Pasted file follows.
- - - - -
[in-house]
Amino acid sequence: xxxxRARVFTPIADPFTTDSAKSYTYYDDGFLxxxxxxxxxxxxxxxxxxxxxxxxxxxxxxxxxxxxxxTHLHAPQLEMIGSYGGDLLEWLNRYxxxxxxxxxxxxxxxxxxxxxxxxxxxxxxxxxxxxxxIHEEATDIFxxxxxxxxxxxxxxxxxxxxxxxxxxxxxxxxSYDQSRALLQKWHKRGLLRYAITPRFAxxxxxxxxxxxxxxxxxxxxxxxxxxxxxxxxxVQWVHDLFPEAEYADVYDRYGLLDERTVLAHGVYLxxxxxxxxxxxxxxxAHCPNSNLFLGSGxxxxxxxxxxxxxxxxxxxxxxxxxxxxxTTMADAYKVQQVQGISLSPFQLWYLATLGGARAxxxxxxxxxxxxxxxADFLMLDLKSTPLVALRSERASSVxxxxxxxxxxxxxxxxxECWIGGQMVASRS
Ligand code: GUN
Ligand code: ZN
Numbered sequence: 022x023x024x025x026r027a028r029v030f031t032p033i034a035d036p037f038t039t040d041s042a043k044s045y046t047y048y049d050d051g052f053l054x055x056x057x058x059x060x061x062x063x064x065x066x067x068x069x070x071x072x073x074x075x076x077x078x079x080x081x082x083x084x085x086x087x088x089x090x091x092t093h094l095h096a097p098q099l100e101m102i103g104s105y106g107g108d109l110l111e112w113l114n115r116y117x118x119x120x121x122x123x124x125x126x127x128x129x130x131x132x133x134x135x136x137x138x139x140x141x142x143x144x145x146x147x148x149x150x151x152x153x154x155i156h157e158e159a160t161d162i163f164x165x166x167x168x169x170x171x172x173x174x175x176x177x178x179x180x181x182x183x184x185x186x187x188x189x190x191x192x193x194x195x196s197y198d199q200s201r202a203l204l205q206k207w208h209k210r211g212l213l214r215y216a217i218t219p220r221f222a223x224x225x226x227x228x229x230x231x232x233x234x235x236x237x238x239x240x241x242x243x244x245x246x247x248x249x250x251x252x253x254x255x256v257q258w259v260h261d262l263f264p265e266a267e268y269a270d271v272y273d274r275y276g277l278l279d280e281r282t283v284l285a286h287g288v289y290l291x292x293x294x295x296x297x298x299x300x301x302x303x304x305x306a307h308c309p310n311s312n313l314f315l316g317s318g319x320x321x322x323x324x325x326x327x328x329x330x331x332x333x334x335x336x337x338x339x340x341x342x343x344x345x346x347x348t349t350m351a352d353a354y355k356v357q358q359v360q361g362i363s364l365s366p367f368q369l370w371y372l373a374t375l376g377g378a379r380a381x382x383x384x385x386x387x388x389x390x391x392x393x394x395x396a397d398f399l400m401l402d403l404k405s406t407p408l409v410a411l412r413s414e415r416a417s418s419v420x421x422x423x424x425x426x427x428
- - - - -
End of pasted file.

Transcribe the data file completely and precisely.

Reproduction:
[in-house]
Amino acid sequence: xxxxRARVFTPIADPFTTDSAKSYTYYDDGFLxxxxxxxxxxxxxxxxxxxxxxxxxxxxxxxxxxxxxxTHLHAPQLEMIGSYGGDLLEWLNRYxxxxxxxxxxxxxxxxxxxxxxxxxxxxxxxxxxxxxxIHEEATDIFxxxxxxxxxxxxxxxxxxxxxxxxxxxxxxxxSYDQSRALLQKWHKRGLLRYAITPRFAxxxxxxxxxxxxxxxxxxxxxxxxxxxxxxxxxVQWVHDLFPEAEYADVYDRYGLLDERTVLAHGVYLxxxxxxxxxxxxxxxAHCPNSNLFLGSGxxxxxxxxxxxxxxxxxxxxxxxxxxxxxTTMADAYKVQQVQGISLSPFQLWYLATLGGARAxxxxxxxxxxxxxxxADFLMLDLKSTPLVALRSERASSVxxxxxxxxxxxxxxxxxECWIGGQMVASRS
Ligand code: GUN
Ligand code: ZN
Numbered sequence: 022x023x024x025x026r027a028r029v030f031t032p033i034a035d036p037f038t039t040d041s042a043k044s045y046t047y048y049d050d051g052f053l054x055x056x057x058x059x060x061x062x063x064x065x066x067x068x069x070x071x072x073x074x075x076x077x078x079x080x081x082x083x084x085x086x087x088x089x090x091x092t093h094l095h096a097p098q099l100e101m102i103g104s105y106g107g108d109l110l111e112w113l114n115r116y117x118x119x120x121x122x123x124x125x126x127x128x129x130x131x132x133x134x135x136x137x138x139x140x141x142x143x144x145x146x147x148x149x150x151x152x153x154x155i156h157e158e159a160t161d162i163f164x165x166x167x168x169x170x171x172x173x174x175x176x177x178x179x180x181x182x183x184x185x186x187x188x189x190x191x192x193x194x195x196s197y198d199q200s201r202a203l204l205q206k207w208h209k210r211g212l213l214r215y216a217i218t219p220r221f222a223x224x225x226x227x228x229x230x231x232x233x234x235x236x237x238x239x240x241x242x243x244x245x246x247x248x249x250x251x252x253x254x255x256v257q258w259v260h261d262l263f264p265e266a267e268y269a270d271v272y273d274r275y276g277l278l279d280e281r282t283v284l285a286h287g288v289y290l291x292x293x294x295x296x297x298x299x300x301x302x303x304x305x306a307h308c309p310n311s312n313l314f315l316g317s318g319x320x321x322x323x324x325x326x327x328x329x330x331x332x333x334x335x336x337x338x339x340x341x342x343x344x345x346x347x348t349t350m351a352d353a354y355k356v357q358q359v360q361g362i363s364l365s366p367f368q369l370w371y372l373a374t375l376g377g378a379r380a381x382x383x384x385x386x387x388x389x390x391x392x393x394x395x396a397d398f399l400m401l402d403l404k405s406t407p408l409v410a411l412r413s414e415r416a417s418s419v420x421x422x423x424x425x426x427x428